The movement and fluidity of music itself was the design inspiration for the Music City Center. This center takes on the idea of a city’s brand identity to a whole new level. And at 300,000 square feet of exhibit hall space, 60,000 square feet of ballroom space, and 1.2 million square feet of space in total, this convention center is music to any event director’s ears. The center was needed to bring new life and business into Nashville, and needed to expand in the city’s downtown urban setting, according to Charles Starks, the complex’s president and CEO. He wanted the center to look like nowhere else in the world.

How did this design come to life? Through intense and creative collaboration. In this episode of “BUILT.,” in partnership with FCSI The Americas, watch to see how FCSI consultant Michael Pantano of Culinary Advisors, tvsdesign, and the visionaries behind the Music City Center worked in harmony to turn this building into the pinnacle of flexibility, sustainability, and foodservice excellence.

 The Challenge and Design

As the firm that led design for four out of five of the nation’s largest convention centers and for about 80 projects around the world, it’s no doubt tvsdesign knows their stuff. So, what are the most important aspects of a successful space? Functionality and foodservice, according to Rob Svedberg, principal of tvsdesign.

“One of the most important things that the customers respond to is the quality of foodservice, the range of the food offerings, and how well it’s presented and prepared,” Svedberg said.

This is where FCSI consultant Michael Pantano stepped in.

“I think it’s critically important that every kitchen [has] a professional designer involved. In most cases, I’d like to say that’s an FCSI consultant, because to achieve professional status, we had to demonstrate our competence and our body of knowledge, and our understanding of the entire process,” Pantano said.

One element that the designers of the Music City Center emphasized was the need for bright lighting. Pantano also took that to the kitchen, because as he said, chefs and cooks are people, too, and deserve to be proud of their workspace and equipment.

“Most kitchens are down in the bowels of a building some place because wherever daylight exists is premium space, so we worked very hard to keep things low to allow all of the daylight to come in. Extraordinarily uncommon, but very beneficial,” he said. “Foodservice really is throughout the building, woven into the very fabric of the building.”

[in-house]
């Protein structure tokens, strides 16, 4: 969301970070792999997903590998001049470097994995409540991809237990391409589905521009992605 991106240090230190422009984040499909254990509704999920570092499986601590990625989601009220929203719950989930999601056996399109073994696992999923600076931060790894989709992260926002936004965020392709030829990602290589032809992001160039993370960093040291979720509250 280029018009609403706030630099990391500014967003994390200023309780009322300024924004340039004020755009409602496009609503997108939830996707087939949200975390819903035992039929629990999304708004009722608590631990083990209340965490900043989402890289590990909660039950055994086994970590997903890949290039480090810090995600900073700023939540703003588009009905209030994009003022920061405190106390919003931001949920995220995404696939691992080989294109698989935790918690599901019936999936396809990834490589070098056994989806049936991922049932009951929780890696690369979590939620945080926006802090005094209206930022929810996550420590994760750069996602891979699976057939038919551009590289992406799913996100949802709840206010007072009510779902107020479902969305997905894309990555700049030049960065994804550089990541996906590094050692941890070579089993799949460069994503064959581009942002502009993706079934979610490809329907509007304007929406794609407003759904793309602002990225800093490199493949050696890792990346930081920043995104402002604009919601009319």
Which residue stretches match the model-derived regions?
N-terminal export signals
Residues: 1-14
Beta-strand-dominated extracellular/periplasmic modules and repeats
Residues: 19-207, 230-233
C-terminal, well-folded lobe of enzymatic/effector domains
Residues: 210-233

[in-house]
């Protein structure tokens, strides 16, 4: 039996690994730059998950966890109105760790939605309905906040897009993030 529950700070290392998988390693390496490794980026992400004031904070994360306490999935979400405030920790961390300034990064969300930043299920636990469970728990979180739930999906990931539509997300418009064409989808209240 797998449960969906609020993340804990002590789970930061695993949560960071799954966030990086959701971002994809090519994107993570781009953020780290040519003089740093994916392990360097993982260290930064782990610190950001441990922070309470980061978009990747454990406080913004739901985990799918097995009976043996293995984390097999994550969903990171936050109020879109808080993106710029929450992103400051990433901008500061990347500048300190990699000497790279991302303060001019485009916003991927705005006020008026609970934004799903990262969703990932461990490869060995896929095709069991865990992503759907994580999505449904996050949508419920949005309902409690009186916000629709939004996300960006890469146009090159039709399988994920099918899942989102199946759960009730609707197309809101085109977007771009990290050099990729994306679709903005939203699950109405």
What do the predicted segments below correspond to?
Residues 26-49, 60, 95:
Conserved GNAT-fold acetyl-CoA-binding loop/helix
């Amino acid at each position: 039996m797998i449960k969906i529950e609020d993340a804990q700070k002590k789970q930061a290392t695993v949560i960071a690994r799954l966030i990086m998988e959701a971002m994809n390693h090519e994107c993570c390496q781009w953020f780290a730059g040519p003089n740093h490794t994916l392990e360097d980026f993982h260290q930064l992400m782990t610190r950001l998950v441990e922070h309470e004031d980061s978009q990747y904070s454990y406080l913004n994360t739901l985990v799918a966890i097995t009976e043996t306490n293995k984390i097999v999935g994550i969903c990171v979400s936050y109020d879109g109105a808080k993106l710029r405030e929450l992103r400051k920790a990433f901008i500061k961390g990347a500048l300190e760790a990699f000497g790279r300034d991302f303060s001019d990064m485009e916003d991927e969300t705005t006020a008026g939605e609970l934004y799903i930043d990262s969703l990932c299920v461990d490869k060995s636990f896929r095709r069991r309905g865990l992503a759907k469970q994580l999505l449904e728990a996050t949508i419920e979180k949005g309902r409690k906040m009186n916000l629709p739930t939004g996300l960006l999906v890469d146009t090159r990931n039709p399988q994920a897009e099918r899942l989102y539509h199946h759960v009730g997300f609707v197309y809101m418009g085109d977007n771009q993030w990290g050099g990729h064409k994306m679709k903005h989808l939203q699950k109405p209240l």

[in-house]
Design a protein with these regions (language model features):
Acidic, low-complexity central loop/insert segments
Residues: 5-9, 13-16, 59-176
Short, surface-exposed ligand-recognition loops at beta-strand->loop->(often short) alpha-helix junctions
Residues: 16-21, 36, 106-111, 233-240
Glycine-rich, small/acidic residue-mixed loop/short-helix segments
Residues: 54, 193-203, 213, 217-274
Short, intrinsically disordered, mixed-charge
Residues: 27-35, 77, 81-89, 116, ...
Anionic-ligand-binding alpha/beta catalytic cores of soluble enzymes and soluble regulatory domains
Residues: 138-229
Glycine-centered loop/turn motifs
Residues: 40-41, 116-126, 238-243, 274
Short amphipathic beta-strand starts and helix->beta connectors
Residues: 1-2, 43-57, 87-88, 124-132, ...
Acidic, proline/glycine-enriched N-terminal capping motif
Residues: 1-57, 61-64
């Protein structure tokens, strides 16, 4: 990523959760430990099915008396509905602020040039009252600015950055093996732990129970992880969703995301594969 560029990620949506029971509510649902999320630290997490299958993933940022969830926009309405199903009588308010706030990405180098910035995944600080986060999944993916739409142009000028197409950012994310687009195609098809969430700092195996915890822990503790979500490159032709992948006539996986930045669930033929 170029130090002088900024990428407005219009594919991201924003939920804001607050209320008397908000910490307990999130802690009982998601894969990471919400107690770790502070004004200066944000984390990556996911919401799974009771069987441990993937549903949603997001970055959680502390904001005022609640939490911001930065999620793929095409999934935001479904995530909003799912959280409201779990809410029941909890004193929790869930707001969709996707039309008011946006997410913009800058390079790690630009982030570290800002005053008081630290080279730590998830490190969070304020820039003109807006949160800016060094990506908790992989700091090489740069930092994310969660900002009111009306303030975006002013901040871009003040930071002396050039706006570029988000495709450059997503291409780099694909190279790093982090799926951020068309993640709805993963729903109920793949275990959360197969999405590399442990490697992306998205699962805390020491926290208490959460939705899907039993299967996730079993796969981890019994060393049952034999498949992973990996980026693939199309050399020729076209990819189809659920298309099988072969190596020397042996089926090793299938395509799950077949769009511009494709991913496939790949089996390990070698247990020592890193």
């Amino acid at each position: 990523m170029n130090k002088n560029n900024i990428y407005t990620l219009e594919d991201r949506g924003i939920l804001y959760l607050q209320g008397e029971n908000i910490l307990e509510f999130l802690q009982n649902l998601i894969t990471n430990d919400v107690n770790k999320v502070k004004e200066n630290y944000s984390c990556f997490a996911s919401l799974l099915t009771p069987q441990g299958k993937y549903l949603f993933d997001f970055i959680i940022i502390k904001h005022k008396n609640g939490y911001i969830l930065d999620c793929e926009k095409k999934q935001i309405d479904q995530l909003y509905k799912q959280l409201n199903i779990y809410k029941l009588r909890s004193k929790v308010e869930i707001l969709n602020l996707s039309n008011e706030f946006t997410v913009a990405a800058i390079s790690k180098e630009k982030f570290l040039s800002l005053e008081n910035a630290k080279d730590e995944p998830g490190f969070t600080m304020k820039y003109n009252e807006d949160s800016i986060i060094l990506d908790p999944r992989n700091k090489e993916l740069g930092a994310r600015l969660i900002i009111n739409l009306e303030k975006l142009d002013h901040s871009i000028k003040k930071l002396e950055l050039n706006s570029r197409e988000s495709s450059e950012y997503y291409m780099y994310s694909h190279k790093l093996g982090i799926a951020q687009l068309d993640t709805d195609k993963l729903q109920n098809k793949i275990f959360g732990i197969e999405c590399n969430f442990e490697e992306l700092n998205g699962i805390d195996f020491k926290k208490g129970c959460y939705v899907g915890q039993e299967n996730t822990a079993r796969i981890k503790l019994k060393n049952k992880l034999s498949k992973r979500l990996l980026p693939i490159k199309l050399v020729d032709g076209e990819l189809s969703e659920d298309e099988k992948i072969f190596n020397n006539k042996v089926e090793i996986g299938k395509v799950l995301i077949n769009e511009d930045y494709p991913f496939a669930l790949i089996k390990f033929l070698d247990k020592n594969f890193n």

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In terms of functionality, Pantano always thinks like a chef. Aware that only 25 percent of a kitchen needs to be in fixed positions, whether due to the cooking line or exhaust hoods, he was able to make everything else mobile. Just as the entire convention center was flexible and fluid — without fixed concession stands or fixed dining areas so that the space could be reshaped — the kitchen could move with the needs of clients, too, able to fluctuate from serving six to six thousand.

“Our food sales have over doubled what we had projected initially and we’ve become known in Nashville as a place to go to for food. Not the convention center, but a place to go to for food,” Starks said.

The Future Through Sustainability

The beautiful architecture and foodservice aren’t the only things that set this design paragon apart from the rest. This space is also sustainable.

Above it lies a 4-acre green roof, the largest one in the Southeast, growing 14 types of vegetation. The center also has a solar farm and honey bees on site for the kitchens. The staff also keeps close relations with local farmers to serve food with a farm-to-table feel. The Music City Center also has a 360,000-gallon rainwater storage system that captures rainfall and utilizes it, not only to irrigate its plants and landscaping, but also to flush their sewage system. That has led to 54 percent saving in the building’s water usage in three years.

Watch the full episode now, and as Pantano states, discover how the Music City Center speaks for itself.